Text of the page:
Choosing the Right Trees

index sitemap advanced
U.S. Hardiness Zone Map
U.S. Hardiness Zone Map

Trees in our yards serve many purposes. Some are ornamental, some bear fruit, some are for privacy, and some provide shade which reduces energy bills. With that in mind, when choosing the right trees you must ask yourself what purpose they will serve.

How to Choose Fruit Trees

Many people want their own fruit trees and why not? Free food is great. Also, for some of us it’s a nice, fuzzy feeling that comes with the assurance that the fruit is truly organic. I myself fall into that category; I once made the commitment to plant one fruit tree per year. Now, I’ve about run out of real estate.

The mistake many people make is neglecting to research the required chill hours the trees need. I see it all the time; people buying trees at the local big box store. They plant them and wait. No fruit cometh forth. The map at the top of this page will show you the zone you live in and the corresponding temperature range. You might pay more for trees at a nursery but you will know what you are getting.

Republic of Texas Orange Tree
My Republic of Texas Orange Tree

Choosing Shade Trees

Shade trees are very beneficial. They help to maximize your energy efficiency. When they shade your house from the sun, you save money.  Basically, the southern side of your home will receive up to three times more sunlight than the western and eastern facing sides in the wintertime, and just one third as much during the hot summertime. Deciduous trees are a better choice than evergreens because they lose their leaves in the wintertime when you benefit from the warming sun.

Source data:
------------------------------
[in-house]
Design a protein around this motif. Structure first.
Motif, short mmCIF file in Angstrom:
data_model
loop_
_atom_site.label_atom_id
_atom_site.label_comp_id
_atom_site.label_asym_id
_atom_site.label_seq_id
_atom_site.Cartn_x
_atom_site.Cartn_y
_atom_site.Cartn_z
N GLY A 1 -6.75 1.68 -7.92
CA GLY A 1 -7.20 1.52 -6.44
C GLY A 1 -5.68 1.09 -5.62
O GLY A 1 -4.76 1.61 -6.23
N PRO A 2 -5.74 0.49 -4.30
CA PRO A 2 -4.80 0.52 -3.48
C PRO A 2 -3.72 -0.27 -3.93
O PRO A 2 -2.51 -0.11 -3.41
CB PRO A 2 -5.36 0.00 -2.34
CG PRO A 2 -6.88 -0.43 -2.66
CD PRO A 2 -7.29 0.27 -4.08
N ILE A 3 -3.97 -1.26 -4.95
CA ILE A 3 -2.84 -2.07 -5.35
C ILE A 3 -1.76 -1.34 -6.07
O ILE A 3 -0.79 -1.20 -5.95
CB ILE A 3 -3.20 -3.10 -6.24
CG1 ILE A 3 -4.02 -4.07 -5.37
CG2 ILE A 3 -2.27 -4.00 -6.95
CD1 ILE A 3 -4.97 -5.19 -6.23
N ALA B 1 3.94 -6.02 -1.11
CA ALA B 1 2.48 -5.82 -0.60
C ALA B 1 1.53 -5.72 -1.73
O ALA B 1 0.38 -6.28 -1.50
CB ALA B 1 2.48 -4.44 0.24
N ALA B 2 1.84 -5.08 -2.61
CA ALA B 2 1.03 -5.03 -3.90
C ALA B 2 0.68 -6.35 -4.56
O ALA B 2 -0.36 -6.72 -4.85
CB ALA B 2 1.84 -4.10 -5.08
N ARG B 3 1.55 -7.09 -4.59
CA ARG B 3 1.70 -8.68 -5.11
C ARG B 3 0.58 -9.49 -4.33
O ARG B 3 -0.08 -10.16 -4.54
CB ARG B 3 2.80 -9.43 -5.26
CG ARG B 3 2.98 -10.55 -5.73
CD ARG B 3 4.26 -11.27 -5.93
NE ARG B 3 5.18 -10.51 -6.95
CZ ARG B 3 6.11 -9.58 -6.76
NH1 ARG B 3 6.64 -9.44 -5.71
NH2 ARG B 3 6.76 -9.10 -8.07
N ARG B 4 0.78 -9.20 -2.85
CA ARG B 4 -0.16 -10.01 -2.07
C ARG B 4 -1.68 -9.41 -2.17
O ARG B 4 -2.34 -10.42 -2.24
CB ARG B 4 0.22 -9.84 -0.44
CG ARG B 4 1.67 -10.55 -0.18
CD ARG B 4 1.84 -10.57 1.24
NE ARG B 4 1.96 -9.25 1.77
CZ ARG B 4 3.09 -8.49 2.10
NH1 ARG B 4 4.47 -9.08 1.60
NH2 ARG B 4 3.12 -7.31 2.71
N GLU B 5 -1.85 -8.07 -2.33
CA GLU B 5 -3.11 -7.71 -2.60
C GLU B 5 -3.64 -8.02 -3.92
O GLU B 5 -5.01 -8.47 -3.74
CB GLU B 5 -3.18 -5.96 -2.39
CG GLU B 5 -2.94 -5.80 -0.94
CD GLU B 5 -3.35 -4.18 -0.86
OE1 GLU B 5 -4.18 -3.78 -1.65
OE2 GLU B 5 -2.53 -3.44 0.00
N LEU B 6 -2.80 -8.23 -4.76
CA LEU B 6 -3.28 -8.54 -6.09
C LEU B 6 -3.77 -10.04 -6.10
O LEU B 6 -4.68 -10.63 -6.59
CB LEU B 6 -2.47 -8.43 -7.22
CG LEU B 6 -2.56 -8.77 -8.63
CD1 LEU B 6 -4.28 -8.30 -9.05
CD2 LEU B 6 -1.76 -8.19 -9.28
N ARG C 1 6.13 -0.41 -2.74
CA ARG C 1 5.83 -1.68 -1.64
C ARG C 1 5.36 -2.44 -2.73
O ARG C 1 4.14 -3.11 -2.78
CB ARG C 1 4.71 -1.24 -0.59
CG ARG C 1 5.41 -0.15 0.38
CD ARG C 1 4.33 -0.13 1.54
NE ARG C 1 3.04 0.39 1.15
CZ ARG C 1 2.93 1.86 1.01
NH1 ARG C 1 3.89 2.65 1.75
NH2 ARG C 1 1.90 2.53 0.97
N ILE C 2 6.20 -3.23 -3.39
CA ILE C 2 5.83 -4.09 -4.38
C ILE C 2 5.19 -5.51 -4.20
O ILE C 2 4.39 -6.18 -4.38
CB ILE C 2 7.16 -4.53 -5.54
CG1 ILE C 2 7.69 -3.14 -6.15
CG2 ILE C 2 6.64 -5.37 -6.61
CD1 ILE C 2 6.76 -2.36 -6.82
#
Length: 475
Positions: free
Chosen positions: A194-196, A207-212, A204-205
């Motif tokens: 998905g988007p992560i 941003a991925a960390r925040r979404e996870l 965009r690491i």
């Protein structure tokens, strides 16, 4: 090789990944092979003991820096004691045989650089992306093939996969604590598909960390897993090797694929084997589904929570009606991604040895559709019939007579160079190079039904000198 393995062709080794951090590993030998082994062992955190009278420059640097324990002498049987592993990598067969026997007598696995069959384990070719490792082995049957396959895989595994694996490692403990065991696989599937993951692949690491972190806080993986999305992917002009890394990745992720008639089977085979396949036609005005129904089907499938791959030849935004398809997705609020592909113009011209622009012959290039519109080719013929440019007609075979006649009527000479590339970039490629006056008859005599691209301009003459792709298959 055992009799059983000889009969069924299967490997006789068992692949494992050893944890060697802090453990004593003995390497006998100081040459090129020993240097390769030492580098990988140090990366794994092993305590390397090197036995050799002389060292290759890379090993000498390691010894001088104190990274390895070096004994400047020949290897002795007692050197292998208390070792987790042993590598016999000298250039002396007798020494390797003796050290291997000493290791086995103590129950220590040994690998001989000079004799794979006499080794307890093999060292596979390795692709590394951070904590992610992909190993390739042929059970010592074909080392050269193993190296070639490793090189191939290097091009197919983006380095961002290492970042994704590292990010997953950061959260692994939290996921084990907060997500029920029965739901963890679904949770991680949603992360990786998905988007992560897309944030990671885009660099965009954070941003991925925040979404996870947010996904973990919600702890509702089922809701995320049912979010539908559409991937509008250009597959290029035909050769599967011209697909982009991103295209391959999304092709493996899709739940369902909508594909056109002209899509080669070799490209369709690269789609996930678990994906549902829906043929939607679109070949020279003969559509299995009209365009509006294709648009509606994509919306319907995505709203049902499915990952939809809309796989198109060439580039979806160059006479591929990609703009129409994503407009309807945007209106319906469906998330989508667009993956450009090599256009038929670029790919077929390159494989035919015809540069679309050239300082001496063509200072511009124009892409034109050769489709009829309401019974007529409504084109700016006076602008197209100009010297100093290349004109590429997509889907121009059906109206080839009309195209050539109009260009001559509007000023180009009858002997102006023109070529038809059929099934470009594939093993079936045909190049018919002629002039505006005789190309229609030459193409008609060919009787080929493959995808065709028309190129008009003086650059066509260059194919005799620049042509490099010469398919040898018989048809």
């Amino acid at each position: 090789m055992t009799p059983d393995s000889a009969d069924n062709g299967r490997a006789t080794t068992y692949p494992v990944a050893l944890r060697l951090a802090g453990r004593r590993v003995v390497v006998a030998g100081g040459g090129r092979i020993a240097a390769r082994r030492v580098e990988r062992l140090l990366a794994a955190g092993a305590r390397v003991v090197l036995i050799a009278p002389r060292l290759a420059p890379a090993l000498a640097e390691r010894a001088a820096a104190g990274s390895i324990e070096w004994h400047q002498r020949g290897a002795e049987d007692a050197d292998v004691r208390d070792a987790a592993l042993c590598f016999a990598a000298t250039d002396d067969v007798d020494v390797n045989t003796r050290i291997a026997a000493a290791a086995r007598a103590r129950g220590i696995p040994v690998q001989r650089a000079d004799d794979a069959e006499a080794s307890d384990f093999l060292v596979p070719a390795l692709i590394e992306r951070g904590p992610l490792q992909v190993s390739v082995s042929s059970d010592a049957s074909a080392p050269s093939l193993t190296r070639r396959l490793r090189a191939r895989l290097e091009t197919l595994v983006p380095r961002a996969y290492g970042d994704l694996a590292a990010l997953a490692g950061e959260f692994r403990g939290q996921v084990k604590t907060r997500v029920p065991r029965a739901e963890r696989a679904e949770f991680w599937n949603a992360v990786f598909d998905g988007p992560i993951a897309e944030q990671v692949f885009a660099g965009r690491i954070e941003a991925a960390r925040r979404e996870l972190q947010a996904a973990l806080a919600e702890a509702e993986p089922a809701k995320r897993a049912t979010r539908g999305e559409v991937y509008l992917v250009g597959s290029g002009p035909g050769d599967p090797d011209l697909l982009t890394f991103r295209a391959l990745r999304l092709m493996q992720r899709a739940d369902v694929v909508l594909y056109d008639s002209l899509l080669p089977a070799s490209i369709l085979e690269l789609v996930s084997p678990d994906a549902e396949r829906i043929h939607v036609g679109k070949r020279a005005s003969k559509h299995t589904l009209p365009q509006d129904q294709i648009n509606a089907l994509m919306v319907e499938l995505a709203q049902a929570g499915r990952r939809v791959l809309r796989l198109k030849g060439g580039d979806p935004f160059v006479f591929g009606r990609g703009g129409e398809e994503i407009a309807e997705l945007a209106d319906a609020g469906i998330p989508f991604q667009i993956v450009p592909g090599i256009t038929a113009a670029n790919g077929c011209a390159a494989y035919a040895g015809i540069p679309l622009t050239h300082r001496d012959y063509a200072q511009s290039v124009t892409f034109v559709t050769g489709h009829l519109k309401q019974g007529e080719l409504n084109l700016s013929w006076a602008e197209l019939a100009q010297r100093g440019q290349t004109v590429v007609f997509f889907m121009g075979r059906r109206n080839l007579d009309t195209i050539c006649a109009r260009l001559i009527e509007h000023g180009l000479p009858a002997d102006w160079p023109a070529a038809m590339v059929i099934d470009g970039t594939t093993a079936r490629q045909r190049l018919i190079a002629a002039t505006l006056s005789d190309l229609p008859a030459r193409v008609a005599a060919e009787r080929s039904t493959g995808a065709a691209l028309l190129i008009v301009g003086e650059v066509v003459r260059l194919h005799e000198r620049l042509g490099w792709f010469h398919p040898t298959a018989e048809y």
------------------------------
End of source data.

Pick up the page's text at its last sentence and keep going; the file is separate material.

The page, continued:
Planting trees with this in mind is called a passive solar concept. One note of caution–do not plant them too close to the house or you risk root damage to your foundation. Large trees should be no closer than thirty feet away and small ones no closer than eight feet away.

Choosing Privacy Trees

Privacy trees keep those pesky peeping neighbors at bay and deter crooks from seeing what property you have on your property. Some good candidates are Thuja Green Giant, Leyland Cypress, Emerald Green Arborvitae, and Italian Cypress. Since they are relatively fast growing, the benefits arrive quickly.

A Row of Privacy Trees
A Row of Privacy Trees

Trees are not only helpful; they also add a lot of equity to your home. Select and plant them properly and they’ll take care of you. Remember to care for them with pruning and a fertilization schedule and your investment will be protected for years to come.


Looking for more great content? Visit our partner sites:

The Green Frugal

Running Across Texas


As Featured On Ezine Articles

I offer article and blog-writing services. Interested? Hire Me!


Did you find this article helpful? Thanks for supporting this free site with a small donation!

 




Visit Kelly’s profile on Pinterest.


Leave a Reply

Your email address will not be published. Required fields are marked *